Thomas Weisel Case
1.As a Montgomery Securities partner in mid 1997, would you argue for or against selling the firm to NationsBank? Why?
Montgomery experienced great prosperity in the1990’s, its revenue leaping more than sevenfold, from $94 million in 1990 to $705 million in 1997. Most of its success came from investing in fast-growing companies.
On June 30, 1997, NationsBank Corporation of Charlotte, N.C. announced that it was acquiring Montgomery for approximately $1.3 billion, believing that the combination would create one of the nations top full-service investment banks. The acquisition price was about 15 times the firm’s earnings and 13 times its book value.
Before the sale of the firm to NationsBank, Weisel said, “We needed considerably more capital to realize our growth potential and we needed to expand to the debt arena to stay competitive and not lose our clients. I also saw an attractive opportunity to develop a solid private equity practice, but that, too, would take a lot of money.” Therefore, I argue in favor in selling the firm to NationsBank. It was the perfect moment to do it since they did not have enough capital in order to grow the firm and expand it.
Also, Weisel was optimistic about future prospects. He though that the combination of our two companies will be a greet fit since his company was doing well but he only need more capital in order to be a bigger firm so Nationsbank would provide it for his firm. Weisel said, “The breadth of the NationsBank corporate client base with our investment banking, research, and advisory capabilities will create a formidable player in the investment banking area.” This quoted explain that with the help of both firm will be the perfect match in the investment banking area since it would have everything.
In conclusion Thomas Weisel decision to let NationsBank acquire Montgomery Securities was somewhat right. The partnership turned sour after Weisel was being treated as co-head and not like a boss. Even with all these setbacks he was able to gain enough experience to start another successful firm.
2.Why do you think the NationsBank-Montgomery Securities partnership imploded? What lessons can be drawn from the difficulties faced by the partnership about post-merger integration?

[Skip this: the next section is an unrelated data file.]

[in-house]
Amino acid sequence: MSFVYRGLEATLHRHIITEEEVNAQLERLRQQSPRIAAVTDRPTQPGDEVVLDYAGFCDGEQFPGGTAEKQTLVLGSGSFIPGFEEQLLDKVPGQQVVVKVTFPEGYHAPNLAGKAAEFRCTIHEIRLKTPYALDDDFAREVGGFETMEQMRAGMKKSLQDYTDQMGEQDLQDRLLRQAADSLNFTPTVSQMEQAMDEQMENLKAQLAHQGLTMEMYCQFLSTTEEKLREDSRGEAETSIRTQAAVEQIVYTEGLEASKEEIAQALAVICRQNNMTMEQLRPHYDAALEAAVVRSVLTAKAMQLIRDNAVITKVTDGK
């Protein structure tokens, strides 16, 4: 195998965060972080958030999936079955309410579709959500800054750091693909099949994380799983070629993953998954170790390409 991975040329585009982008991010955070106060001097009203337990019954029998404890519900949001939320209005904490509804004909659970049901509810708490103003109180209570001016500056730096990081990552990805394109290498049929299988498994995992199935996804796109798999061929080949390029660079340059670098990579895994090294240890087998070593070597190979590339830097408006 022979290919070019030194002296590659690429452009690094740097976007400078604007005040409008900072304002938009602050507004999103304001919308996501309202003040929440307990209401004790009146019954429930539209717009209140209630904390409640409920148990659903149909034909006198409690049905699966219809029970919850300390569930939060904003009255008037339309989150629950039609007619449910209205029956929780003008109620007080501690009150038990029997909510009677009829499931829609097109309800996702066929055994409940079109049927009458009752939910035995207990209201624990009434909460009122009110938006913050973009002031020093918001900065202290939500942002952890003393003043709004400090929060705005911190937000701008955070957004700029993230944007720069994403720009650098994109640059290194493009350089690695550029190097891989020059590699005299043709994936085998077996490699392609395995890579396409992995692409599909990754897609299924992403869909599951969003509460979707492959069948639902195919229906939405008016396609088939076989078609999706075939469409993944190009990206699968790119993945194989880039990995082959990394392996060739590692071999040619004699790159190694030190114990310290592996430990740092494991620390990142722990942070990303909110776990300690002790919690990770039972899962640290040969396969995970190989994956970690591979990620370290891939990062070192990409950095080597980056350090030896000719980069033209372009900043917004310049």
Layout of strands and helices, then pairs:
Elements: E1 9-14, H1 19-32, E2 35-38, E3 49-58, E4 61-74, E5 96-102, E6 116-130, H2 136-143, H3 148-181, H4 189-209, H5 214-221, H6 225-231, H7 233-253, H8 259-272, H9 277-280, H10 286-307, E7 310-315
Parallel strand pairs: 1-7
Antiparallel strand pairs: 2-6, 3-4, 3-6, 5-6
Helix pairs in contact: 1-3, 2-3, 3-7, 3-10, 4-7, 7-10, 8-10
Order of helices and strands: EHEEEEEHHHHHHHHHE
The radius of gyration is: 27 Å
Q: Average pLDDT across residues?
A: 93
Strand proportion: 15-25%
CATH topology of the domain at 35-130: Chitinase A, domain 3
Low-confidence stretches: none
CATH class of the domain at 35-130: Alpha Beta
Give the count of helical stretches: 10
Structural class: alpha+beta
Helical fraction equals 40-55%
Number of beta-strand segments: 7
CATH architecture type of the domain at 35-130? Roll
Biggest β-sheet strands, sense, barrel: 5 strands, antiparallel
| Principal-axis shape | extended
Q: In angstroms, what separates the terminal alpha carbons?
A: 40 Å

One of the reasons that NationsBank-Montgomery Securities partnerships imploded were Montgomery people were supposed to be in charge had co-heads. By summer of 1998, the relationship between Montgomery’s investment bankers and the parent company’s had soured. NationsBankers irked Montgomery professionals by tagging along on sales calls and trying, unsuccessfully, to trim 5% off the firm’s $400 million annual-pay kitty.
They did some movements that contradicted the acquisition agreement that specified that Montgomery would retain autonomy and control over its operations. It was one of the effects that these partnerships imploded.
Thomas Weisel was very disappointed in the sale of the firm because there were parameters that were violated at first. The most difficult part about all this was the unhappiness of many of the former Montgomery people who had followed the led to Nationsbank. He said that “ If I had the chance to do it all again I wouldn’t do the merger.” He was completely regretful.
Banking had lost much of its appeal by essentially forcing outstanding performers to cover mature and seemingly less exciting industries. Talented bankers became bored doing the same types of deals over and over. Over time, they began to see themselves as processors rather that as investment bankers.
The lessons that Thomas Weisel learned from this merger were that he learned that partnerships are not always the best choice, because the other party does not always fulfill their initial agreement. For example, Hugh McColl, NationsBank CEO, treated Montgomery people who were supposed in charge as co-heads. This actions by McColl led Weisel to rethink the partnership and in 1999...
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